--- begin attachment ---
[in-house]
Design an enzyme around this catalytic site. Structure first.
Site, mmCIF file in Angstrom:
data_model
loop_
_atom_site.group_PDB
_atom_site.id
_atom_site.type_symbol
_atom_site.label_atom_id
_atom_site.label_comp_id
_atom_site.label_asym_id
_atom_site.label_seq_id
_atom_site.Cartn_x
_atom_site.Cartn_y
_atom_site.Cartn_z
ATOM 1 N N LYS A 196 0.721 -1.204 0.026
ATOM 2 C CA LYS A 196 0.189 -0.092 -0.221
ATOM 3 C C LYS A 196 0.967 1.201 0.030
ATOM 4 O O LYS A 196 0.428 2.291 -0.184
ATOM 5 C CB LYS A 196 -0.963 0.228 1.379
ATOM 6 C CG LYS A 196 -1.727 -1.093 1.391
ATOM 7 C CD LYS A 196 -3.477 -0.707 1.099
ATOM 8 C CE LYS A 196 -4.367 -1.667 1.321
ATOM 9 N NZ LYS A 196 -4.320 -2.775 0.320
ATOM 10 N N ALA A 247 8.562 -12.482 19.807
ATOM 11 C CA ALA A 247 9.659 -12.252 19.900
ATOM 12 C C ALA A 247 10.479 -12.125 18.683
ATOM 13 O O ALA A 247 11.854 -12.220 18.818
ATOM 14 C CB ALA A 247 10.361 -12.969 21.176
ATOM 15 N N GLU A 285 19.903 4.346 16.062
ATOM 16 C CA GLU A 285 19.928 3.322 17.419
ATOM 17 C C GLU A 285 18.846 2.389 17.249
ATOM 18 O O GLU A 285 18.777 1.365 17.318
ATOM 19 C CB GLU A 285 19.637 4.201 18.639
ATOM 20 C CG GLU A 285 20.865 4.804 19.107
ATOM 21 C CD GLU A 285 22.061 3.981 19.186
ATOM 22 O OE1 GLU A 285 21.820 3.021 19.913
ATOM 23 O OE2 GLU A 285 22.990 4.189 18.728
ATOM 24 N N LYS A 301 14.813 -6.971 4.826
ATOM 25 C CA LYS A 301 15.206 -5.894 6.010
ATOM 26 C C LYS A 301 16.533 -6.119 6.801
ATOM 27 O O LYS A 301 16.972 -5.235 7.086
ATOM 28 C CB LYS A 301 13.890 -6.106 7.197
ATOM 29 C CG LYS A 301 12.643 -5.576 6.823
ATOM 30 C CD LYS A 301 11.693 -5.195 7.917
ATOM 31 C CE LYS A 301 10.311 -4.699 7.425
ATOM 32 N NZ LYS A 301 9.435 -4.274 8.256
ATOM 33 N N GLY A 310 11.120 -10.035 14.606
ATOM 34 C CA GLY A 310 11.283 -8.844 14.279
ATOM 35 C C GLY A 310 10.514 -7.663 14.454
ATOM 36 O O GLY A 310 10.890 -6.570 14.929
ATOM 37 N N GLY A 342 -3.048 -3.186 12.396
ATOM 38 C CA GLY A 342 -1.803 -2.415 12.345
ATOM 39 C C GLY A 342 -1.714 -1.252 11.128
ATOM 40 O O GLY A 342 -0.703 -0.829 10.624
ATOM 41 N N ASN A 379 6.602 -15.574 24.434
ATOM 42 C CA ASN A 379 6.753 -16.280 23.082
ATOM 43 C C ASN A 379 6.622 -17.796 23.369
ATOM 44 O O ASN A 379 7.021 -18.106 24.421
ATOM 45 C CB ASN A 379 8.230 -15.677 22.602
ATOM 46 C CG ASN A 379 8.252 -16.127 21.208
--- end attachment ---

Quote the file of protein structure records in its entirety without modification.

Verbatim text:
[in-house]
Design an enzyme around this catalytic site. Structure first.
Site, mmCIF file in Angstrom:
data_model
loop_
_atom_site.group_PDB
_atom_site.id
_atom_site.type_symbol
_atom_site.label_atom_id
_atom_site.label_comp_id
_atom_site.label_asym_id
_atom_site.label_seq_id
_atom_site.Cartn_x
_atom_site.Cartn_y
_atom_site.Cartn_z
ATOM 1 N N LYS A 196 0.721 -1.204 0.026
ATOM 2 C CA LYS A 196 0.189 -0.092 -0.221
ATOM 3 C C LYS A 196 0.967 1.201 0.030
ATOM 4 O O LYS A 196 0.428 2.291 -0.184
ATOM 5 C CB LYS A 196 -0.963 0.228 1.379
ATOM 6 C CG LYS A 196 -1.727 -1.093 1.391
ATOM 7 C CD LYS A 196 -3.477 -0.707 1.099
ATOM 8 C CE LYS A 196 -4.367 -1.667 1.321
ATOM 9 N NZ LYS A 196 -4.320 -2.775 0.320
ATOM 10 N N ALA A 247 8.562 -12.482 19.807
ATOM 11 C CA ALA A 247 9.659 -12.252 19.900
ATOM 12 C C ALA A 247 10.479 -12.125 18.683
ATOM 13 O O ALA A 247 11.854 -12.220 18.818
ATOM 14 C CB ALA A 247 10.361 -12.969 21.176
ATOM 15 N N GLU A 285 19.903 4.346 16.062
ATOM 16 C CA GLU A 285 19.928 3.322 17.419
ATOM 17 C C GLU A 285 18.846 2.389 17.249
ATOM 18 O O GLU A 285 18.777 1.365 17.318
ATOM 19 C CB GLU A 285 19.637 4.201 18.639
ATOM 20 C CG GLU A 285 20.865 4.804 19.107
ATOM 21 C CD GLU A 285 22.061 3.981 19.186
ATOM 22 O OE1 GLU A 285 21.820 3.021 19.913
ATOM 23 O OE2 GLU A 285 22.990 4.189 18.728
ATOM 24 N N LYS A 301 14.813 -6.971 4.826
ATOM 25 C CA LYS A 301 15.206 -5.894 6.010
ATOM 26 C C LYS A 301 16.533 -6.119 6.801
ATOM 27 O O LYS A 301 16.972 -5.235 7.086
ATOM 28 C CB LYS A 301 13.890 -6.106 7.197
ATOM 29 C CG LYS A 301 12.643 -5.576 6.823
ATOM 30 C CD LYS A 301 11.693 -5.195 7.917
ATOM 31 C CE LYS A 301 10.311 -4.699 7.425
ATOM 32 N NZ LYS A 301 9.435 -4.274 8.256
ATOM 33 N N GLY A 310 11.120 -10.035 14.606
ATOM 34 C CA GLY A 310 11.283 -8.844 14.279
ATOM 35 C C GLY A 310 10.514 -7.663 14.454
ATOM 36 O O GLY A 310 10.890 -6.570 14.929
ATOM 37 N N GLY A 342 -3.048 -3.186 12.396
ATOM 38 C CA GLY A 342 -1.803 -2.415 12.345
ATOM 39 C C GLY A 342 -1.714 -1.252 11.128
ATOM 40 O O GLY A 342 -0.703 -0.829 10.624
ATOM 41 N N ASN A 379 6.602 -15.574 24.434
ATOM 42 C CA ASN A 379 6.753 -16.280 23.082
ATOM 43 C C ASN A 379 6.622 -17.796 23.369
ATOM 44 O O ASN A 379 7.021 -18.106 24.421
ATOM 45 C CB ASN A 379 8.230 -15.677 22.602
ATOM 46 C CG ASN A 379 8.252 -16.127 21.208